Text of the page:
Journal: Recovered

To all of you who diligently supported my quest to have my journal returned to me when it was lost last month, there is good news (several weeks overdue): My journal was found by a fellow Southwest traveler, who is humble enough to have requested anonymity. The journal, it seems, fell out of my bag in transit, and was accidentally put in his luggage instead of mine. When he found it, he got in contact with me (through this blog, in fact!) and was generous enough to return it to me. This is a huge shout-out to him, and to everyone who retweeted, shared, or otherwise helped spread the word of my missing journal, and I’m astonishingly grateful to you all.

Here are a few passages that I’ve written over the last few years. Whether they mean anything to anyone else, they mean something to me, which is why I’m so endlessly grateful to everyone who helped me get themΒ back.

December 7, 2011 – Will I find my destiny today? Will I learn my dreams and desires so that I may build my own, or will chance perhaps lead me to my new life? Does the world know what lies in store for me or is fate just as powerless in this game of free will and dice throws as I feel? But I know myself to be truly powerful, not powerless. My destiny is mine to choose, but I do not know where to turn. But then, is that not the definition of choice? Its fatal flaw? To decide in the present what the future will yield, though the decider can never truly know what lies in store. What if the adventure I seek is no better than that which I leave behind?

May 8, 2012 – Now, I think this just seems so natural for me. I was born to travel, to be on the road, to meet new people and to constantly change myself, and yet remain the same, and I think the larger miracle is that it took me so long to realize it. I love this transience, this impermanence, that makes me feel like a bird who can fly and depart at any single moment. And yet there is also the feeling of having the ability to return, to come back, if I choose. It’s a grand migration, from place to place. And yet I realize that even my transience can only but be temporary, that eventually I must settle, and settle I will.

June 23, 2012 – Ralph is missing at least one-third of his teeth, two of which holes gape out at you like a grinning Jack-O-Lantern when he smiles, which sometimes is perpetually and sometimes is never. He smiles with eyes of loyalty and amusement. Ralph is a story-bearer. Not a storyteller, like Emma, because his stories are a little too rambling and digressive to be a proper storyteller. But the stories he bears – of marriages and divorces, driving on mushrooms and acid, seedy London bars, very old mates, jousting on horseback, etc. etc., – are marvelously evocative of a life lived both richly and poorly, both well and very badly, but most importantly of a lifeΒ lived. Ralph is marvelous.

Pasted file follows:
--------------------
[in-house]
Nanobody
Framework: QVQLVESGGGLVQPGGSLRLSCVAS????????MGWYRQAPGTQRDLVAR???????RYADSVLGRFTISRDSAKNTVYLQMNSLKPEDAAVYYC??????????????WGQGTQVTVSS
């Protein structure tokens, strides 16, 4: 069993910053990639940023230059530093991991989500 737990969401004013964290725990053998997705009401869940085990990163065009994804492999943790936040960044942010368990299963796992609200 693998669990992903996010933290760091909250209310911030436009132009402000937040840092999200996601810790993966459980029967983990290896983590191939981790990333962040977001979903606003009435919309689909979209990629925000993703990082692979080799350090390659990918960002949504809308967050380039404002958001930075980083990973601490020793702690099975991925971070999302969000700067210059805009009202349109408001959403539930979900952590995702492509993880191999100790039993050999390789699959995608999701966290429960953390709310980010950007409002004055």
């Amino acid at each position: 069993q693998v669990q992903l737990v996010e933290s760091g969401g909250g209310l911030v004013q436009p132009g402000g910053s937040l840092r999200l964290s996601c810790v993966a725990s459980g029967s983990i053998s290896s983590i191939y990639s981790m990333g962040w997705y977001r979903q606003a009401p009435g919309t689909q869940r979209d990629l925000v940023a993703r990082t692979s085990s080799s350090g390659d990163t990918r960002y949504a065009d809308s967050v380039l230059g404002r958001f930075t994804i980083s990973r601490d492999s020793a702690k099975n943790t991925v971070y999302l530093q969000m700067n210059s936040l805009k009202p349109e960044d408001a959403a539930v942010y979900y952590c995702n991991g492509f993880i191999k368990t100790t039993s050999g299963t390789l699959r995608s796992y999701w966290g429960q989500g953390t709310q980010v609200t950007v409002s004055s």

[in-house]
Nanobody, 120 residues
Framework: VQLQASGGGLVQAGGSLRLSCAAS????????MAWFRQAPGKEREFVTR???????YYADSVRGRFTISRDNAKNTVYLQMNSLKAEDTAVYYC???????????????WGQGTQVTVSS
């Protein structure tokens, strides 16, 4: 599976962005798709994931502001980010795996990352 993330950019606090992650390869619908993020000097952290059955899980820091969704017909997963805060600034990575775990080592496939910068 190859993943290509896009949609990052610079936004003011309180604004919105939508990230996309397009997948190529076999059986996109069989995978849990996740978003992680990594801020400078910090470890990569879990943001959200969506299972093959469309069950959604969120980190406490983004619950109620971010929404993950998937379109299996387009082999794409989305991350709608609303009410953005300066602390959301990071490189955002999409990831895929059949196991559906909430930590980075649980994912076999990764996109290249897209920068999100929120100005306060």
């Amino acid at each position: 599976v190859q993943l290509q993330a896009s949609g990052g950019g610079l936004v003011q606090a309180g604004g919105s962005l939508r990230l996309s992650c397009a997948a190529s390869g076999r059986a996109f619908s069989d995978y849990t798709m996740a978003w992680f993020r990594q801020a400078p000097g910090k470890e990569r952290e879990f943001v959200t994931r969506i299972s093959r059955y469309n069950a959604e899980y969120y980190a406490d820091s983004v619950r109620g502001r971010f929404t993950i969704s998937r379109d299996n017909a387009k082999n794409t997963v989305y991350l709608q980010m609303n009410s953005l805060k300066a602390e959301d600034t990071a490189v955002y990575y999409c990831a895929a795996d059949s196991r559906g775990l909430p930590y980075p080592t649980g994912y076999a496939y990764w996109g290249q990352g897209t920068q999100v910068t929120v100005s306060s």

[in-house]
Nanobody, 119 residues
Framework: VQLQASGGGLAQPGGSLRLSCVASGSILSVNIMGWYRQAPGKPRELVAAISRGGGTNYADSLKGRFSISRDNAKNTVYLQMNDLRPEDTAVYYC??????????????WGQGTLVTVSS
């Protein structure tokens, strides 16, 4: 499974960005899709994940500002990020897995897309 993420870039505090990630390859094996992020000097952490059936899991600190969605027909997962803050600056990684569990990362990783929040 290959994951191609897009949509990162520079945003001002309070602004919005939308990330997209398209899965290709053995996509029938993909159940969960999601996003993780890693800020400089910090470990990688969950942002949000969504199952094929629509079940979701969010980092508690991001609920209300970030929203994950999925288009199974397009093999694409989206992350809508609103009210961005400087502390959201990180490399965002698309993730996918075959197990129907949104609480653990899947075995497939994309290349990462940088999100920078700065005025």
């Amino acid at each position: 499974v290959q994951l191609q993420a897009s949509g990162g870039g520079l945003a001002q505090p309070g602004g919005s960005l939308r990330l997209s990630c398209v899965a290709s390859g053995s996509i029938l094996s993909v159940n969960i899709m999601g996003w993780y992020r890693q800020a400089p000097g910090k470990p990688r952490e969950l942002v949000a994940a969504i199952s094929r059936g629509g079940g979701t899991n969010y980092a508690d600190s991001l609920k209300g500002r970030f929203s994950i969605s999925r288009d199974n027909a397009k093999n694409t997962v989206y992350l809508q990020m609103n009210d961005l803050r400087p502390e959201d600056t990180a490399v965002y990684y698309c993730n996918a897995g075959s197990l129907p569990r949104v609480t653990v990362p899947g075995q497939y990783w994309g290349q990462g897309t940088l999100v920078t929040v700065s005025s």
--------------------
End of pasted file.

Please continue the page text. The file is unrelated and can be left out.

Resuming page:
March 22, 2013 – O that writing seems my only release from this surprise, loneliness, and deep dissatisfaction with humanity. Only through words do I create worlds I aspire to live in. Only through fantasy do I find real solace. Tragedy indeed! That this world measures not to fiction. And here I find that hope alone lies in words and yet ironically in not-words, for the moments I have felt most connected to others have been moments of stillness and silence. But connection itself seems false. We are all isolated. Connection is an illusion. How do we know one another but in the desperate hope that this time we may not be misled? That this time we will have judged another human correctly? But there is no guarantee. There is never a guarantee. And connection is always temporary, transient. Illusory. And so I write.

September 25, 2013 – Whenever I prepare to quit a place, a strange reluctance, and kind of sadness, descends on me. I know not whence it comes or why, for when I begin my new voyage, all hesitation is lost. But somehow in the moment of preparation, the world begins to weigh in on me and I become suddenly conscious of all I am about to lose. – Such is life. We leave pieces of ourselves in every distant home, like a jigsaw puzzle of identity that begs not to be put together for fear of losing the spirit of each place. We leave droplets of ourselves in door frames, in forks and knives and wineglasses, in chairs and sofas, in cars and fields and starry oceans, in other people’s bodies and in other people’s minds. We are fragmented spirits, we humans, we social beings who delight in casting our nets and reeling in our loved ones. We are scattered across the land like seeds of life.

Thank you all for your support and kind words. They mean the world.